Dear Amy: My brother has recently fathered a child.

I love the baby, my brother, and the woman he is with. Except, it isn’t one woman. It’s never just one woman.

My brother has a history of womanizing and being with many women at once.

My family and I usually grow attached to the primary woman he’s with, only to have them hate us in the end because they find out about his cheating and we “never told them.”

I don’t want that to happen with the mother of this baby, but how do I approach this?

On one hand, I say something to the poor girl, and I break my brother’s trust.

On the other, if I don’t say anything, I break her trust.

Either way, it seems I’m stuck in a tidal wave of drama. Is there a way I can at least lessen the storm? — A Morally Confused Sister

Dear Morally Confused: You see this as a matter of trust-breaking — or perhaps the other principals involved gaslight you into believing that you have a duty to either keep or disclose secrets. You are not in charge of policing your adult brother. You don’t owe it to either party to tell — or lie.

You have to imagine that the women your brother chooses must have some awareness of his womanizing, because — presumably — he is cheating on someone else when he takes up with them.

Because there is a baby in the picture, the stakes are different now, and you might give your wonderful brother a “heads up” by telling him, “I just want you to know that the next time I find out you’re cheating, I’m not going to keep your secret for you.” You could also say to the woman, “My brother has a history of cheating on his partners. I hope he behaves differently with you.”

Unfortunately, this does not keep you out of the tidal wave of drama — it means you would be surfing on the first wave. And — I assure you — if you tell a woman your brother is cheating on her, she could find a way to blame you (or “hate” you), anyway.

Plant your family flag with this baby, and assume that at some point your brother will cheat. If you want (or feel forced) to declare your loyalty in order to maintain a close relationship with the child and its mother, you might say to him, “Um ... this time, I choose her.”

Dear Amy: A few months ago, I offered to my 45-year-old niece our home for her wedding. This will be her third wedding and his second.

What I thought was going to be an afternoon ceremony with 50 attendees has turned into an evening ceremony with 90, followed by an outdoor party with a DJ and loud music into the wee hours.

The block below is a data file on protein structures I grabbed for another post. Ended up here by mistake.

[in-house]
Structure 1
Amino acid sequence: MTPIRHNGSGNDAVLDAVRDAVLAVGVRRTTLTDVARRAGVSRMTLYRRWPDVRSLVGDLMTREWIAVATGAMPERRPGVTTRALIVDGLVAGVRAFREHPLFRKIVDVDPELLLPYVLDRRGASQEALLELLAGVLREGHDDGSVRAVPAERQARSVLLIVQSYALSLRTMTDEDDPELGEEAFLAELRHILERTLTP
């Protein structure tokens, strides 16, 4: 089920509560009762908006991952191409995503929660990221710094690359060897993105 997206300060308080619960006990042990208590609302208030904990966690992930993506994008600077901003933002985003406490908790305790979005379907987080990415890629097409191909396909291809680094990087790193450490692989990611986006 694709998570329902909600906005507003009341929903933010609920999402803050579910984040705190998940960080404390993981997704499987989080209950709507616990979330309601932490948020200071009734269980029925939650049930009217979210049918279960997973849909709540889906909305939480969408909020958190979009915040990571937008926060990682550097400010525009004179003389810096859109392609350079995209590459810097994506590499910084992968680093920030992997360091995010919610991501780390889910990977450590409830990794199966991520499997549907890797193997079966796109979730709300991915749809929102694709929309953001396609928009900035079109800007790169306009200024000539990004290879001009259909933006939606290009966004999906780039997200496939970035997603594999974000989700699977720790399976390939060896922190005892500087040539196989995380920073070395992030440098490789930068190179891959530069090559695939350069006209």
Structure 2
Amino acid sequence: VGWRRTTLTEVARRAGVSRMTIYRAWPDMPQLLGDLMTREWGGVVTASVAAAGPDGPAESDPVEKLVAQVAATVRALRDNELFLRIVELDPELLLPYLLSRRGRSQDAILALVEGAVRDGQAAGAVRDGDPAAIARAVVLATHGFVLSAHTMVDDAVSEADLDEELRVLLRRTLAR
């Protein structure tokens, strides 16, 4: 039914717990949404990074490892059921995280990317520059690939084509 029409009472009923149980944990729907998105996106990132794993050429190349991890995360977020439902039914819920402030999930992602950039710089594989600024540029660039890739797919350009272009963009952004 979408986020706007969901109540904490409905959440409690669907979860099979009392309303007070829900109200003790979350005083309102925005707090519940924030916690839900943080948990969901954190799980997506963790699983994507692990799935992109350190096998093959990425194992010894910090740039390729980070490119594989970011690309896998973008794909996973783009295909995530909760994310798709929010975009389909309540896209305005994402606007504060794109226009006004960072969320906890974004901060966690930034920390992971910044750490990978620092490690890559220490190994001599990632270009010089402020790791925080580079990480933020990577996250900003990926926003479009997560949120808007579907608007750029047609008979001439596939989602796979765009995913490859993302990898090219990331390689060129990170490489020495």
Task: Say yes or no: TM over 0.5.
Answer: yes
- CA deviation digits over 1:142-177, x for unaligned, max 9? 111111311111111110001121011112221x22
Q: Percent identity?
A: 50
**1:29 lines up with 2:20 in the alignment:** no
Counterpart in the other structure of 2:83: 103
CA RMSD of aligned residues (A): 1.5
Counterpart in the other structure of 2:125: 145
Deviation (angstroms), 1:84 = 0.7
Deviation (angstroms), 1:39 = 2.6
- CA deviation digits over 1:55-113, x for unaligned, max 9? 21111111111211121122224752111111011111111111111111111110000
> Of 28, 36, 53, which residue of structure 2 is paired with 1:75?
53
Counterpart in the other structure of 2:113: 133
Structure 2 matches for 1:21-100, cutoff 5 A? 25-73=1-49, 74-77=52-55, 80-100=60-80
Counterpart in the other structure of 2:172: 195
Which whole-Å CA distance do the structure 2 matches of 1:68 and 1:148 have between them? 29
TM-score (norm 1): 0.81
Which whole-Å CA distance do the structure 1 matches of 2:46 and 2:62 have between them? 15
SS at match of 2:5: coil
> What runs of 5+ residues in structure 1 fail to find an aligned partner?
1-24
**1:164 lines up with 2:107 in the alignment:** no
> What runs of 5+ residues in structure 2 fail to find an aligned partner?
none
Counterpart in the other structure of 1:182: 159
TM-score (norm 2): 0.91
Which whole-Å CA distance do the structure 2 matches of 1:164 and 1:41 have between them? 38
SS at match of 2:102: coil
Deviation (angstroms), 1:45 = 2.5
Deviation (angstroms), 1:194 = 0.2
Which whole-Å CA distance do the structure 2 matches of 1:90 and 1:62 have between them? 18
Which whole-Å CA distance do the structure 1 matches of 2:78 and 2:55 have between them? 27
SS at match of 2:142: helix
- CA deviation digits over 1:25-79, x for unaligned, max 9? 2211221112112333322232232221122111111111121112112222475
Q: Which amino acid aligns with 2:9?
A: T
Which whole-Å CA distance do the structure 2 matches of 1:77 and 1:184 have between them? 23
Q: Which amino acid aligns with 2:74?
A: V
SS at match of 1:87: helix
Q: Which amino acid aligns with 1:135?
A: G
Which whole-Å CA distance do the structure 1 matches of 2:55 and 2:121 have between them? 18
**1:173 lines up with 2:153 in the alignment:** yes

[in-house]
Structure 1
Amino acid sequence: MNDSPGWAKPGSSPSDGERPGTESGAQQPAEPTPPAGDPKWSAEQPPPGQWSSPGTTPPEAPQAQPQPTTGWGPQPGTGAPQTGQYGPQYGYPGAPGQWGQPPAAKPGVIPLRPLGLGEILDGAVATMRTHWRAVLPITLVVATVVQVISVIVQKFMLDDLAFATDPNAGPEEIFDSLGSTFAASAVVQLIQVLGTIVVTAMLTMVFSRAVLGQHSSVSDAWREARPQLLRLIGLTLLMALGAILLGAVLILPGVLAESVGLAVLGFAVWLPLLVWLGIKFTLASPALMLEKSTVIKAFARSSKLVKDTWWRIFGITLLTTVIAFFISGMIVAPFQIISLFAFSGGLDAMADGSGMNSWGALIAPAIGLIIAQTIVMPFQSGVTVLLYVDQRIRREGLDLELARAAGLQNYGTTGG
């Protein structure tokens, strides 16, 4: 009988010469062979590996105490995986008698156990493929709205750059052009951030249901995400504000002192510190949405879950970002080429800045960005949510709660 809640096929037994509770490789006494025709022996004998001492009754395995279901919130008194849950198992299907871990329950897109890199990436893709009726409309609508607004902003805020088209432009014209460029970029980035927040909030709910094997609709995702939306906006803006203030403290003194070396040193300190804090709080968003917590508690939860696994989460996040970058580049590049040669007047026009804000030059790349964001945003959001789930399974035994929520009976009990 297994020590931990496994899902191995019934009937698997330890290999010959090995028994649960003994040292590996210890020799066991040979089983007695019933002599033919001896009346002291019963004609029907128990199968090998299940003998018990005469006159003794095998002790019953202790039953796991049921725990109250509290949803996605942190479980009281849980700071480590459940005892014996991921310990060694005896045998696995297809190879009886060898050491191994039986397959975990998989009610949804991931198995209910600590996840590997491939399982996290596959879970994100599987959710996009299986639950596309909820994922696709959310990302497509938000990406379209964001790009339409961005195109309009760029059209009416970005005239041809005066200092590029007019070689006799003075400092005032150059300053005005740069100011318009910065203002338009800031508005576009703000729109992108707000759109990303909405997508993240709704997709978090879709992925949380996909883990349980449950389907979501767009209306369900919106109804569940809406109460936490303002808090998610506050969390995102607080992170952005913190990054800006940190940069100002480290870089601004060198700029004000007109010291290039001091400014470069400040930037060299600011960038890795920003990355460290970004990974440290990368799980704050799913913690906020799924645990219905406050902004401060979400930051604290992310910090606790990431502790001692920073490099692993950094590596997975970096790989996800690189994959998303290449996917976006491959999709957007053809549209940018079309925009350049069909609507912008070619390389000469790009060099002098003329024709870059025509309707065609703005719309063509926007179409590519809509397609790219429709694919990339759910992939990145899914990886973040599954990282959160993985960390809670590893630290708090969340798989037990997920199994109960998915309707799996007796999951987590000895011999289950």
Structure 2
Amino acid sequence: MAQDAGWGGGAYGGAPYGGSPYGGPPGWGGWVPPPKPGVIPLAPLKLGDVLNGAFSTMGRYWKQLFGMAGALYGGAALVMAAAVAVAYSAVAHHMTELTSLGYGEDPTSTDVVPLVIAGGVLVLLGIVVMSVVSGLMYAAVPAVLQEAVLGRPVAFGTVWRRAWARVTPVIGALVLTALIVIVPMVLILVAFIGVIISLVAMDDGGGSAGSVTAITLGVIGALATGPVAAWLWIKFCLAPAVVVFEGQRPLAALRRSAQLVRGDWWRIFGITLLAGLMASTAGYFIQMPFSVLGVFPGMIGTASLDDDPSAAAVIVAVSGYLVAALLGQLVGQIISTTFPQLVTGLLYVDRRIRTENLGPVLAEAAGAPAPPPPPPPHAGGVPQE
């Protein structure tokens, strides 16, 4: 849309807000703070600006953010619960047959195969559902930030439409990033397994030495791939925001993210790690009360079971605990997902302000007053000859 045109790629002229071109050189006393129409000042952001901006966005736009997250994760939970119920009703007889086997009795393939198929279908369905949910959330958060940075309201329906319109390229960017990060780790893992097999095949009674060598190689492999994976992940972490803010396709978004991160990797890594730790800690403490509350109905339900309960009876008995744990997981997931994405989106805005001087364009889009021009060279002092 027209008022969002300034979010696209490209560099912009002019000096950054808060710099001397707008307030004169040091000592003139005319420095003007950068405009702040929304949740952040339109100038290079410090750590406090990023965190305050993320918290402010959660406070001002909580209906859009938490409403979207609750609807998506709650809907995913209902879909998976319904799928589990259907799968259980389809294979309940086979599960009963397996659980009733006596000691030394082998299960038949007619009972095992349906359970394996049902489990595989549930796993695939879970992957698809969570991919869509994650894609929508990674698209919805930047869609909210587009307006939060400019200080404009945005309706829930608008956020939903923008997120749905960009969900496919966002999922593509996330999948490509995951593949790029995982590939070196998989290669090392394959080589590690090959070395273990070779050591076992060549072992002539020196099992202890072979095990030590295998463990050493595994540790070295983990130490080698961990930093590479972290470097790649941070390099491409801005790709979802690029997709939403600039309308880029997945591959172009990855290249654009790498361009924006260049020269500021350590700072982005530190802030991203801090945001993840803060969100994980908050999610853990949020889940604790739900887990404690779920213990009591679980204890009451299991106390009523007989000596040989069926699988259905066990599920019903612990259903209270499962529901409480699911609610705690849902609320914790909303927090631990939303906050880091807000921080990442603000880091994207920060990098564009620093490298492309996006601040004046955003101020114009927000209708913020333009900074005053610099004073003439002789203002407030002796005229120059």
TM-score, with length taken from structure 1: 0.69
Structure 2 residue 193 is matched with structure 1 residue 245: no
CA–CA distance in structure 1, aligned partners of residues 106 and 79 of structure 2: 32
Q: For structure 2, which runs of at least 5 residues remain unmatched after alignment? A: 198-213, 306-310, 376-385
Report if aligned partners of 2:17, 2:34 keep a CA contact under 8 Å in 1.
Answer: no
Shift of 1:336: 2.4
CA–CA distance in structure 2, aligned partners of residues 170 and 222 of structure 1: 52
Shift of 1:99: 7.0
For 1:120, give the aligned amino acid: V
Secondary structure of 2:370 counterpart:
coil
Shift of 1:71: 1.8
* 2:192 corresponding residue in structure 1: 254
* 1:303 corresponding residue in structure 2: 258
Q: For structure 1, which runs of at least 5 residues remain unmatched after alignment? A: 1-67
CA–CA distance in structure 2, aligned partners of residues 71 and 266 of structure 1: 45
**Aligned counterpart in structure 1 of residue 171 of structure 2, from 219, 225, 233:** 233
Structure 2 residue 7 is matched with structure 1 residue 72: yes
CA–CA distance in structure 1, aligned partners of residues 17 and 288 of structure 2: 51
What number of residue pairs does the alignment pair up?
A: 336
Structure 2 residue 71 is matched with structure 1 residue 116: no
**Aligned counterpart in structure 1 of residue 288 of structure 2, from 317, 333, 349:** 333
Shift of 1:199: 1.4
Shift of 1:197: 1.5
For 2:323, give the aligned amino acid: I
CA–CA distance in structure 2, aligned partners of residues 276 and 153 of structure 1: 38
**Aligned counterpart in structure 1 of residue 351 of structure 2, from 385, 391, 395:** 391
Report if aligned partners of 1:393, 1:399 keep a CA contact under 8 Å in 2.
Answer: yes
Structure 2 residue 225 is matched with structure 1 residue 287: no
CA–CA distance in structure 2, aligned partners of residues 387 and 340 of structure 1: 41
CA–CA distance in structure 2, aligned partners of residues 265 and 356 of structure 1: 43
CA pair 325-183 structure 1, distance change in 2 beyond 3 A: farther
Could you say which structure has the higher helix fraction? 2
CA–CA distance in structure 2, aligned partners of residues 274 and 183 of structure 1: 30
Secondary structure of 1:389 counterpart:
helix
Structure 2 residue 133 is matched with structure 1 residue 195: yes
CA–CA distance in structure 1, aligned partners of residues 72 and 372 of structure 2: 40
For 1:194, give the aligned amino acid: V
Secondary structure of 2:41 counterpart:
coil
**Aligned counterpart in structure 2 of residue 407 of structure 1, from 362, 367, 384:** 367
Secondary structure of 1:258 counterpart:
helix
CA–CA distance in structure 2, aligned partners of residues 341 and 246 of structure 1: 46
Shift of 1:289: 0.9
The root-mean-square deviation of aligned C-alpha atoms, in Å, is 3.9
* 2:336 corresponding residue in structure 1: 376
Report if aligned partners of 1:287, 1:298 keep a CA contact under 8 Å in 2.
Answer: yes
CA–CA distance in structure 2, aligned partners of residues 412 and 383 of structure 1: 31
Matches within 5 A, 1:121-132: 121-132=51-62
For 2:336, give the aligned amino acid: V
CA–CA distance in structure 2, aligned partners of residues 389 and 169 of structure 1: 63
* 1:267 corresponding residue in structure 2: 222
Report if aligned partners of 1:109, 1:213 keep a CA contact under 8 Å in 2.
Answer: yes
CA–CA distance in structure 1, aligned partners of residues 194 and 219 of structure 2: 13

While we would be issued an event permit, we will not be permitted to have a DJ play past 9 p.m. That hasn’t phased my niece, who asked, “What would the police do, arrest me?” I told her at the very least they would cite my husband and me for noise violation.

We also have limited parking on our road. We can accommodate eight to 10 vehicles, but if 70 people show up, there will probably be 35 cars to find parking for.

I discussed this all with our town’s police chief (who issues the permits) and he said that he would be happy to do a walk-through with all of us next week.

Then there is the issue of porta-potty rental, the use of our small kitchen by the catering staff, etc.

The obvious answer here is to tell my niece and her fiance that they will have to make other plans. Can you suggest how to do that? — Anxious Aunt

Dear Aunt: Double-check your insurance policy. And then say, “I blame myself for not communicating this more emphatically earlier, but your wedding has outgrown our ability to host it. I think you’ll have to find a professional event space.”

Do not delay. Do this now.

Dear Amy: “Caring Friend” reported that her dear friend was about to enter into a “green card” same-sex marriage. I disagree with your response. These marriages are wrong, and illegal. This friend should call him out. — Upset

Dear Upset: This so-called “green card” relationship was actually a genuine “love connection” — at least on one man’s part. I agree that there were many red flags here, but blaming and shaming wouldn’t serve the greater good.